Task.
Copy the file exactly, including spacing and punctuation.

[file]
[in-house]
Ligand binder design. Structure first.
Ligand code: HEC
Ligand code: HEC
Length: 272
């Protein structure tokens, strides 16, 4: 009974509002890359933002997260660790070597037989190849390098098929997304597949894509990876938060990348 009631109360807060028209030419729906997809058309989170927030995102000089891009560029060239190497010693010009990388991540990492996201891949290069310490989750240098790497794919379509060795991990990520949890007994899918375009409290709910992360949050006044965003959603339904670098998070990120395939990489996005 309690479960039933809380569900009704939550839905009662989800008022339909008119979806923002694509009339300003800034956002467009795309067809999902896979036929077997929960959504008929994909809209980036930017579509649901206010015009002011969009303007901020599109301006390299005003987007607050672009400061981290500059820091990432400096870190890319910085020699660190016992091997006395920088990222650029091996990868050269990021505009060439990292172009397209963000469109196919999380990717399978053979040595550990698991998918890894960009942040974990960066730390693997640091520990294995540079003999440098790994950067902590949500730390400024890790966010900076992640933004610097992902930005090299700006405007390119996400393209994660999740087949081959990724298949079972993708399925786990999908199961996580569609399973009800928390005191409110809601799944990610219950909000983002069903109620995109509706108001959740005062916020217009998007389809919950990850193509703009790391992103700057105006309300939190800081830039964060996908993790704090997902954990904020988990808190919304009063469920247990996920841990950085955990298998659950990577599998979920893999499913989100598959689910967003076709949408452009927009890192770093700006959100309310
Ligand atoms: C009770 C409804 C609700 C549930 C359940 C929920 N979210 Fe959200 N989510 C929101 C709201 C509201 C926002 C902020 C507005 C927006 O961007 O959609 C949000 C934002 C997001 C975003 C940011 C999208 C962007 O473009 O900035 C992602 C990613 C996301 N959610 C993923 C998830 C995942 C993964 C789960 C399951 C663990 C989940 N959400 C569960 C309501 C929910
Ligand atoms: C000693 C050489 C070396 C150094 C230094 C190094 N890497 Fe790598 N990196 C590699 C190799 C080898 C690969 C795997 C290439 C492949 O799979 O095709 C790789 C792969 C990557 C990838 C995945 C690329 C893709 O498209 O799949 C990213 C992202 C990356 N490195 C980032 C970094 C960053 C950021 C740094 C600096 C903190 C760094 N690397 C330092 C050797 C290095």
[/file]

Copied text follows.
[in-house]
Ligand binder design. Structure first.
Ligand code: HEC
Ligand code: HEC
Length: 272
């Protein structure tokens, strides 16, 4: 009974509002890359933002997260660790070597037989190849390098098929997304597949894509990876938060990348 009631109360807060028209030419729906997809058309989170927030995102000089891009560029060239190497010693010009990388991540990492996201891949290069310490989750240098790497794919379509060795991990990520949890007994899918375009409290709910992360949050006044965003959603339904670098998070990120395939990489996005 309690479960039933809380569900009704939550839905009662989800008022339909008119979806923002694509009339300003800034956002467009795309067809999902896979036929077997929960959504008929994909809209980036930017579509649901206010015009002011969009303007901020599109301006390299005003987007607050672009400061981290500059820091990432400096870190890319910085020699660190016992091997006395920088990222650029091996990868050269990021505009060439990292172009397209963000469109196919999380990717399978053979040595550990698991998918890894960009942040974990960066730390693997640091520990294995540079003999440098790994950067902590949500730390400024890790966010900076992640933004610097992902930005090299700006405007390119996400393209994660999740087949081959990724298949079972993708399925786990999908199961996580569609399973009800928390005191409110809601799944990610219950909000983002069903109620995109509706108001959740005062916020217009998007389809919950990850193509703009790391992103700057105006309300939190800081830039964060996908993790704090997902954990904020988990808190919304009063469920247990996920841990950085955990298998659950990577599998979920893999499913989100598959689910967003076709949408452009927009890192770093700006959100309310
Ligand atoms: C009770 C409804 C609700 C549930 C359940 C929920 N979210 Fe959200 N989510 C929101 C709201 C509201 C926002 C902020 C507005 C927006 O961007 O959609 C949000 C934002 C997001 C975003 C940011 C999208 C962007 O473009 O900035 C992602 C990613 C996301 N959610 C993923 C998830 C995942 C993964 C789960 C399951 C663990 C989940 N959400 C569960 C309501 C929910
Ligand atoms: C000693 C050489 C070396 C150094 C230094 C190094 N890497 Fe790598 N990196 C590699 C190799 C080898 C690969 C795997 C290439 C492949 O799979 O095709 C790789 C792969 C990557 C990838 C995945 C690329 C893709 O498209 O799949 C990213 C992202 C990356 N490195 C980032 C970094 C960053 C950021 C740094 C600096 C903190 C760094 N690397 C330092 C050797 C290095």